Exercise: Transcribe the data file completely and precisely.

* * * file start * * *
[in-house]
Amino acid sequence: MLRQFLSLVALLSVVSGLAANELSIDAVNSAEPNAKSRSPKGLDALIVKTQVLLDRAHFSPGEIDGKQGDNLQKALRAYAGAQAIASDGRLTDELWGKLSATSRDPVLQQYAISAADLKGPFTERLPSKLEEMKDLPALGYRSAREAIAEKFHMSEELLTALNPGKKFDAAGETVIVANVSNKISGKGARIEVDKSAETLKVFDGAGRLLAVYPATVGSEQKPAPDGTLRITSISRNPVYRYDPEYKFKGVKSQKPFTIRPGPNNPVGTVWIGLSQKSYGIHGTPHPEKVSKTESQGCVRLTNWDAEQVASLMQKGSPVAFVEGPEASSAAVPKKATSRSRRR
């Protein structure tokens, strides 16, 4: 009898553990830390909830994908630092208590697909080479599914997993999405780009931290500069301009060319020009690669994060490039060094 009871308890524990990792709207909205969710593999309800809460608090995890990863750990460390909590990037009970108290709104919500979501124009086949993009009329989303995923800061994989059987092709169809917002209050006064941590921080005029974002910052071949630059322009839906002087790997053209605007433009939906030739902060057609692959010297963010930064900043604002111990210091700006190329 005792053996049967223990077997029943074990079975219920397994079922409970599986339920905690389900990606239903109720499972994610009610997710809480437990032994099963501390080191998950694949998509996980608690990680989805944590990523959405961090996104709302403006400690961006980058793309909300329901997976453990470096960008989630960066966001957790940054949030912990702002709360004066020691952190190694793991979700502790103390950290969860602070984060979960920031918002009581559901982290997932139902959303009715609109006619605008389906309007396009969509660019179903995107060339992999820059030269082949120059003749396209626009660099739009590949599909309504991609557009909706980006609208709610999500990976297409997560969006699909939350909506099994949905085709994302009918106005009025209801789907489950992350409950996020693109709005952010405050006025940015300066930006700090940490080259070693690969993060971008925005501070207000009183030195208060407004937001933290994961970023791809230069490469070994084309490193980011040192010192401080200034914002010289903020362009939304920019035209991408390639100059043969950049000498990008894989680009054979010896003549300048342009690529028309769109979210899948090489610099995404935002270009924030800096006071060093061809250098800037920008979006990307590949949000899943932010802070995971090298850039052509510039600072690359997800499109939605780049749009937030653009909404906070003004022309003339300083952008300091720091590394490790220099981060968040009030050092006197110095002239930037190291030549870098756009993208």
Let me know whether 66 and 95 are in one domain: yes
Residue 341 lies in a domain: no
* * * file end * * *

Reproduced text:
[in-house]
Amino acid sequence: MLRQFLSLVALLSVVSGLAANELSIDAVNSAEPNAKSRSPKGLDALIVKTQVLLDRAHFSPGEIDGKQGDNLQKALRAYAGAQAIASDGRLTDELWGKLSATSRDPVLQQYAISAADLKGPFTERLPSKLEEMKDLPALGYRSAREAIAEKFHMSEELLTALNPGKKFDAAGETVIVANVSNKISGKGARIEVDKSAETLKVFDGAGRLLAVYPATVGSEQKPAPDGTLRITSISRNPVYRYDPEYKFKGVKSQKPFTIRPGPNNPVGTVWIGLSQKSYGIHGTPHPEKVSKTESQGCVRLTNWDAEQVASLMQKGSPVAFVEGPEASSAAVPKKATSRSRRR
């Protein structure tokens, strides 16, 4: 009898553990830390909830994908630092208590697909080479599914997993999405780009931290500069301009060319020009690669994060490039060094 009871308890524990990792709207909205969710593999309800809460608090995890990863750990460390909590990037009970108290709104919500979501124009086949993009009329989303995923800061994989059987092709169809917002209050006064941590921080005029974002910052071949630059322009839906002087790997053209605007433009939906030739902060057609692959010297963010930064900043604002111990210091700006190329 005792053996049967223990077997029943074990079975219920397994079922409970599986339920905690389900990606239903109720499972994610009610997710809480437990032994099963501390080191998950694949998509996980608690990680989805944590990523959405961090996104709302403006400690961006980058793309909300329901997976453990470096960008989630960066966001957790940054949030912990702002709360004066020691952190190694793991979700502790103390950290969860602070984060979960920031918002009581559901982290997932139902959303009715609109006619605008389906309007396009969509660019179903995107060339992999820059030269082949120059003749396209626009660099739009590949599909309504991609557009909706980006609208709610999500990976297409997560969006699909939350909506099994949905085709994302009918106005009025209801789907489950992350409950996020693109709005952010405050006025940015300066930006700090940490080259070693690969993060971008925005501070207000009183030195208060407004937001933290994961970023791809230069490469070994084309490193980011040192010192401080200034914002010289903020362009939304920019035209991408390639100059043969950049000498990008894989680009054979010896003549300048342009690529028309769109979210899948090489610099995404935002270009924030800096006071060093061809250098800037920008979006990307590949949000899943932010802070995971090298850039052509510039600072690359997800499109939605780049749009937030653009909404906070003004022309003339300083952008300091720091590394490790220099981060968040009030050092006197110095002239930037190291030549870098756009993208």
Let me know whether 66 and 95 are in one domain: yes
Residue 341 lies in a domain: no